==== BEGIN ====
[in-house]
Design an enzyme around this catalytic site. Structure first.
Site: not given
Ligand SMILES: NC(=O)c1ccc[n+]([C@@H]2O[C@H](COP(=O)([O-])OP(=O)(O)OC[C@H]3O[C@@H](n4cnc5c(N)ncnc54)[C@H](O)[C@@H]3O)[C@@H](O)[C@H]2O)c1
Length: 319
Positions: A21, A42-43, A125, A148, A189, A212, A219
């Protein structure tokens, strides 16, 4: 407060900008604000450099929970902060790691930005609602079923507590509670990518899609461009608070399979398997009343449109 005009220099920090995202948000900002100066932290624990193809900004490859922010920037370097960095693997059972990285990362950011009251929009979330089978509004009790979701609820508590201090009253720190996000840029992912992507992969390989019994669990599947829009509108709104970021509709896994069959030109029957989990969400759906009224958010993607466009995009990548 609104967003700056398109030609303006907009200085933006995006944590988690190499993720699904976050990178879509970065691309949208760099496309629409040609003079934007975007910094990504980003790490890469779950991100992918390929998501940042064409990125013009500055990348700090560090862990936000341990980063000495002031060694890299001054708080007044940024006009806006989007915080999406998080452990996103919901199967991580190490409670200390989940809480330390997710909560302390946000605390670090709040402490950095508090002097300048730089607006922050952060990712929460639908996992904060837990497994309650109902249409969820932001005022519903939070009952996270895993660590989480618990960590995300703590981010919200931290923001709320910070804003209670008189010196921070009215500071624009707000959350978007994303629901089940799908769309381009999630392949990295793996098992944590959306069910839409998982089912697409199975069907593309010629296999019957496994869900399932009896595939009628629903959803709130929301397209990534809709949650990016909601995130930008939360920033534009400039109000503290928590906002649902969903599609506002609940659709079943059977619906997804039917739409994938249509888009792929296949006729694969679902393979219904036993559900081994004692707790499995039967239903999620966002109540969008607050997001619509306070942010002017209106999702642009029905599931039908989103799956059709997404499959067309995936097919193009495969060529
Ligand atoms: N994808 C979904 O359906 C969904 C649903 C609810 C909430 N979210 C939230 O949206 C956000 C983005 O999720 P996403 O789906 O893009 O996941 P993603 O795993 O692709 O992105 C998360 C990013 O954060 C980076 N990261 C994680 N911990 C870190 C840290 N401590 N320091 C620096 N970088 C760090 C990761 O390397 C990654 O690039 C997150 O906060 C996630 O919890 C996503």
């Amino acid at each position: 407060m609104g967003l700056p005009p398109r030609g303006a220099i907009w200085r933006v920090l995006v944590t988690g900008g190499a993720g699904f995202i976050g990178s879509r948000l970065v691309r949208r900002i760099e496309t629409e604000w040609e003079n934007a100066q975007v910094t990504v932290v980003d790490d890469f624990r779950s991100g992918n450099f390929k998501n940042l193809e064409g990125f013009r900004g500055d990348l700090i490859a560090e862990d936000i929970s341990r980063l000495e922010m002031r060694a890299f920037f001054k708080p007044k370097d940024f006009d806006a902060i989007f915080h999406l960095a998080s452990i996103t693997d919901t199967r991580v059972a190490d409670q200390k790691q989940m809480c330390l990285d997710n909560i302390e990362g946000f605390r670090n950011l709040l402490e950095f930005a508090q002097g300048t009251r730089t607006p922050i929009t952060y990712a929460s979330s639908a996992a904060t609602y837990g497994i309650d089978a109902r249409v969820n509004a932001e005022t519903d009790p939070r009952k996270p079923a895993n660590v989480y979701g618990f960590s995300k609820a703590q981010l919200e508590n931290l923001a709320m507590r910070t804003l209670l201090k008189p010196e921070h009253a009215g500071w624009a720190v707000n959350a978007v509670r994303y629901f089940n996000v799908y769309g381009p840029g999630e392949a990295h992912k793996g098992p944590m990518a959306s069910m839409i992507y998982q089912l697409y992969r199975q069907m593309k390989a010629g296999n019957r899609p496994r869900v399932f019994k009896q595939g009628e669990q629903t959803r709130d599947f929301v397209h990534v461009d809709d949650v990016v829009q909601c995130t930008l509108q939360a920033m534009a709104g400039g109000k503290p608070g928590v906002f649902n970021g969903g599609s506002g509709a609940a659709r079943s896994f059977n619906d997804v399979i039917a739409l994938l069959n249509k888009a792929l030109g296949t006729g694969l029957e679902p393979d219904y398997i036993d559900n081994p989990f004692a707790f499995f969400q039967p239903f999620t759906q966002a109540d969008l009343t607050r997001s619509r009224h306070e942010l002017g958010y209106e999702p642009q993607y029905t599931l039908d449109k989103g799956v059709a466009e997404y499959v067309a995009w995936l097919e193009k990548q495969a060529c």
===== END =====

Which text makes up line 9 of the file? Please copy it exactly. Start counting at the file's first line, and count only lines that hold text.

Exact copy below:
């Amino acid at each position: 407060m609104g967003l700056p005009p398109r030609g303006a220099i907009w200085r933006v920090l995006v944590t988690g900008g190499a993720g699904f995202i976050g990178s879509r948000l970065v691309r949208r900002i760099e496309t629409e604000w040609e003079n934007a100066q975007v910094t990504v932290v980003d790490d890469f624990r779950s991100g992918n450099f390929k998501n940042l193809e064409g990125f013009r900004g500055d990348l700090i490859a560090e862990d936000i929970s341990r980063l000495e922010m002031r060694a890299f920037f001054k708080p007044k370097d940024f006009d806006a902060i989007f915080h999406l960095a998080s452990i996103t693997d919901t199967r991580v059972a190490d409670q200390k790691q989940m809480c330390l990285d997710n909560i302390e990362g946000f605390r670090n950011l709040l402490e950095f930005a508090q002097g300048t009251r730089t607006p922050i929009t952060y990712a929460s979330s639908a996992a904060t609602y837990g497994i309650d089978a109902r249409v969820n509004a932001e005022t519903d009790p939070r009952k996270p079923a895993n660590v989480y979701g618990f960590s995300k609820a703590q981010l919200e508590n931290l923001a709320m507590r910070t804003l209670l201090k008189p010196e921070h009253a009215g500071w624009a720190v707000n959350a978007v509670r994303y629901f089940n996000v799908y769309g381009p840029g999630e392949a990295h992912k793996g098992p944590m990518a959306s069910m839409i992507y998982q089912l697409y992969r199975q069907m593309k390989a010629g296999n019957r899609p496994r869900v399932f019994k009896q595939g009628e669990q629903t959803r709130d599947f929301v397209h990534v461009d809709d949650v990016v829009q909601c995130t930008l509108q939360a920033m534009a709104g400039g109000k503290p608070g928590v906002f649902n970021g969903g599609s506002g509709a609940a659709r079943s896994f059977n619906d997804v399979i039917a739409l994938l069959n249509k888009a792929l030109g296949t006729g694969l029957e679902p393979d219904y398997i036993d559900n081994p989990f004692a707790f499995f969400q039967p239903f999620t759906q966002a109540d969008l009343t607050r997001s619509r009224h306070e942010l002017g958010y209106e999702p642009q993607y029905t599931l039908d449109k989103g799956v059709a466009e997404y499959v067309a995009w995936l097919e193009k990548q495969a060529c």